However, hunting and, by association, the Pony Club were not only for the rural elite. Williams suggests that one of the original ideas of the Pony Club was to encourage the children of farmers to come hunting: hunts were dependent on the goodwill of the farming community as they rode, sometimes without due care and attention, over farmers’ land on up to four days a week. This view is reinforced by Huggins. He singles out point-to-point meetings, which did not charge admission fees, as a growth area of horse sport in the 1930s, particularly for farmers, artisans and tradesmen ‘whose children had joined the pony club.’[15] In the meantime racecourses with unenclosed areas or cheap ‘silver rings’ also continued to attract families during the middle part of the twentieth century but children had to be accompanied by an adult and were not allowed into the most exclusive and expensive grandstands. Until the 1970s attitudes to children at race meetings could probably be described at best as neutral. Little was done to encourage them beyond reduced or free entry, children’s facilities were limited and the seediness of many British courses at this time probably acted as a deterrent for a lot of women and young people.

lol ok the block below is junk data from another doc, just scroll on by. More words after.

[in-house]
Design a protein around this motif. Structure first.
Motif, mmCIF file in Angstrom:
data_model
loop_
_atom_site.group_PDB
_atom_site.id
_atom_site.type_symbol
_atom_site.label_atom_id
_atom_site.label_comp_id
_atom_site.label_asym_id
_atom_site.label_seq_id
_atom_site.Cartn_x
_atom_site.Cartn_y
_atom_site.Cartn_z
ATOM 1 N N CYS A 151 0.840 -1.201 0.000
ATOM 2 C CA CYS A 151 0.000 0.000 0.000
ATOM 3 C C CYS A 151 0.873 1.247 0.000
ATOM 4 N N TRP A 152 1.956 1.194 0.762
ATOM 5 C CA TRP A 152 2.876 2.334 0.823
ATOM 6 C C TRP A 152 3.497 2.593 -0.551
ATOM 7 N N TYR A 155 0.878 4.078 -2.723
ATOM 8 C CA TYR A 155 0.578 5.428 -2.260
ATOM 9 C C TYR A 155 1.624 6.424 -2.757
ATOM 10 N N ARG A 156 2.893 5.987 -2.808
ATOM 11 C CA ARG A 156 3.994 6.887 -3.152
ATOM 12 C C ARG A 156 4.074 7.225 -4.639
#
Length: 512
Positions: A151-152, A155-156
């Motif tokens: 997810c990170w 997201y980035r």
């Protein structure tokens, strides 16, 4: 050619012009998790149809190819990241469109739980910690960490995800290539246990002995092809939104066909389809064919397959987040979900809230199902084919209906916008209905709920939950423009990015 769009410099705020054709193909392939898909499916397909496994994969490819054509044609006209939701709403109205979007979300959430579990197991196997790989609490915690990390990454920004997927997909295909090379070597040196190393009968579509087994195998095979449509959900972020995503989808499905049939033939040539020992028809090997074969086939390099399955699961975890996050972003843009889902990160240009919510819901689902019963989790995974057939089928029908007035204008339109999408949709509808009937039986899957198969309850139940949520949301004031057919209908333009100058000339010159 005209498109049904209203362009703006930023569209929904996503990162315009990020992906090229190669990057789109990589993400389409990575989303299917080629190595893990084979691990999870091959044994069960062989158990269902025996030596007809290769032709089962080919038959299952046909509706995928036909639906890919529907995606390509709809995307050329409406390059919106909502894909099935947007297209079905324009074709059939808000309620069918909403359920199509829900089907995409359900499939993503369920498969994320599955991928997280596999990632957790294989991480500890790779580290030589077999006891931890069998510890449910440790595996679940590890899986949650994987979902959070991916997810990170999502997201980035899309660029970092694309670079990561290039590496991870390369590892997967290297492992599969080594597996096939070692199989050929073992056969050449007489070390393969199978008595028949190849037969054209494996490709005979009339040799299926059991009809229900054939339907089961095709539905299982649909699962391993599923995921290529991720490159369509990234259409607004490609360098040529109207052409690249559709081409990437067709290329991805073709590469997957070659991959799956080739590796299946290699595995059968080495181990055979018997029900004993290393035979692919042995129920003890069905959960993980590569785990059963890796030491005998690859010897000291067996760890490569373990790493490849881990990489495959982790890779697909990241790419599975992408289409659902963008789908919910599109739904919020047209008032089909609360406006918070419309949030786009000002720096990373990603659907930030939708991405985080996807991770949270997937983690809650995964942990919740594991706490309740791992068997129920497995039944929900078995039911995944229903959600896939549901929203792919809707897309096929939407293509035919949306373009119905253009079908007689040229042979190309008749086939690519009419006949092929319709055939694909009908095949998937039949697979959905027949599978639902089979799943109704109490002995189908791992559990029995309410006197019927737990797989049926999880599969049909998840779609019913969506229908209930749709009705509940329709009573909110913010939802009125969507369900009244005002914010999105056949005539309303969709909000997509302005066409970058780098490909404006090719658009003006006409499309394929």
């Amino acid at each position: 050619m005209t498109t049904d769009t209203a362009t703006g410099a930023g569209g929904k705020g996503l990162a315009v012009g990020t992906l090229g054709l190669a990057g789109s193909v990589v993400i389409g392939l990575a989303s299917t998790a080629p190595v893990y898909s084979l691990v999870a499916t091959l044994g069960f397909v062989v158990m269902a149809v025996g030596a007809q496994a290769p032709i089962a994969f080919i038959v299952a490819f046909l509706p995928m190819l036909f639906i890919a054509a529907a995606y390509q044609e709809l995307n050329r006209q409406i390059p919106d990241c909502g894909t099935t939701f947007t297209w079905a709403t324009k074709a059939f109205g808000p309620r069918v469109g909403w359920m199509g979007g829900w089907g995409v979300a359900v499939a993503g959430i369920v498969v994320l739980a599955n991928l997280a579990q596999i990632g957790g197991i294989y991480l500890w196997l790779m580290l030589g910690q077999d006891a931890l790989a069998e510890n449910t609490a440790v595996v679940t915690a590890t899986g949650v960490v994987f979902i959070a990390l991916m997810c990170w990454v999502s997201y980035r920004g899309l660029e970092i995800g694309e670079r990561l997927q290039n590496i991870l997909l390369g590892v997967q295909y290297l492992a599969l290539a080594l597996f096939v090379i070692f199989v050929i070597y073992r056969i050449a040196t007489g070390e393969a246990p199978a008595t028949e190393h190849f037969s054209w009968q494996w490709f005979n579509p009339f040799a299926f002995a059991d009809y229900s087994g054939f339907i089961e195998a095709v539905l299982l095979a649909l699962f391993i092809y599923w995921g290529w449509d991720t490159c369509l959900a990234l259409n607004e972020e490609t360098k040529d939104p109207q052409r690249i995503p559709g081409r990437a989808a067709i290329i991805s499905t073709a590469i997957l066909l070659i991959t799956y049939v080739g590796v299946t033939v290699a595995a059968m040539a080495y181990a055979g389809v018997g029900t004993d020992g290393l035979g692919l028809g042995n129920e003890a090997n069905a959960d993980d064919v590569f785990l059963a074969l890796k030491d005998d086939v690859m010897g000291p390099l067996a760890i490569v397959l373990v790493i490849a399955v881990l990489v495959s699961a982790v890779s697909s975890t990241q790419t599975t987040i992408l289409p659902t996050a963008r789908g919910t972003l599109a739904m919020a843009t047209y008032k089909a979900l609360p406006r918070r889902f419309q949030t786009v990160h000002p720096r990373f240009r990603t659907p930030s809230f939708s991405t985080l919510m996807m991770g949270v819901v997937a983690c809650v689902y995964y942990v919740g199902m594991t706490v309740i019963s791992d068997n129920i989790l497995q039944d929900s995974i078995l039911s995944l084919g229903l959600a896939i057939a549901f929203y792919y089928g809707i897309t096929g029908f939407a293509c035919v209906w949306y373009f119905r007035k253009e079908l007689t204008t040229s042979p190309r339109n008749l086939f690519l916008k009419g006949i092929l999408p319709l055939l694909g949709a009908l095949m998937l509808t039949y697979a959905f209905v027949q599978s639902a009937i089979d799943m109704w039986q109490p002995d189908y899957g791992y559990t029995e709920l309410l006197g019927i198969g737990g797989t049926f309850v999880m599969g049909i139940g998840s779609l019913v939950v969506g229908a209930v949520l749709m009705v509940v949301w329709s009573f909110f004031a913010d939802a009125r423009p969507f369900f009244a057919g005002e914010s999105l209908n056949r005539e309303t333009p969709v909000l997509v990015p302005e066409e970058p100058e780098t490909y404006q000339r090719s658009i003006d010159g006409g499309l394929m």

What really changed opinions about families at racecourses was the belated arrival of Sunday racing in Britain. It was legalised in 1992, and took off in 1995 when Sunday betting was finally sanctioned; a total of 144 Sunday meetings were scheduled for 2007 at over 80 percent of UK courses and many of these were marketed as family days with slogans like ‘Family Sunday is Funday’.[16] Other child-friendly days tend to be concentrated in the school holidays. Free entry policy has now been extended to 16 or 17 year olds and many racecourses cater for the entire age range with baby-changing facilities and creches for the youngest and bungee jumping, assault courses and coaching sessions by local football or cricket teams for teenagers. The downside of free entry, from an academic perspective, is that course administrators have no record of the numbers of child visitors and, when asked, can only estimate the totals and whether these are rising or falling.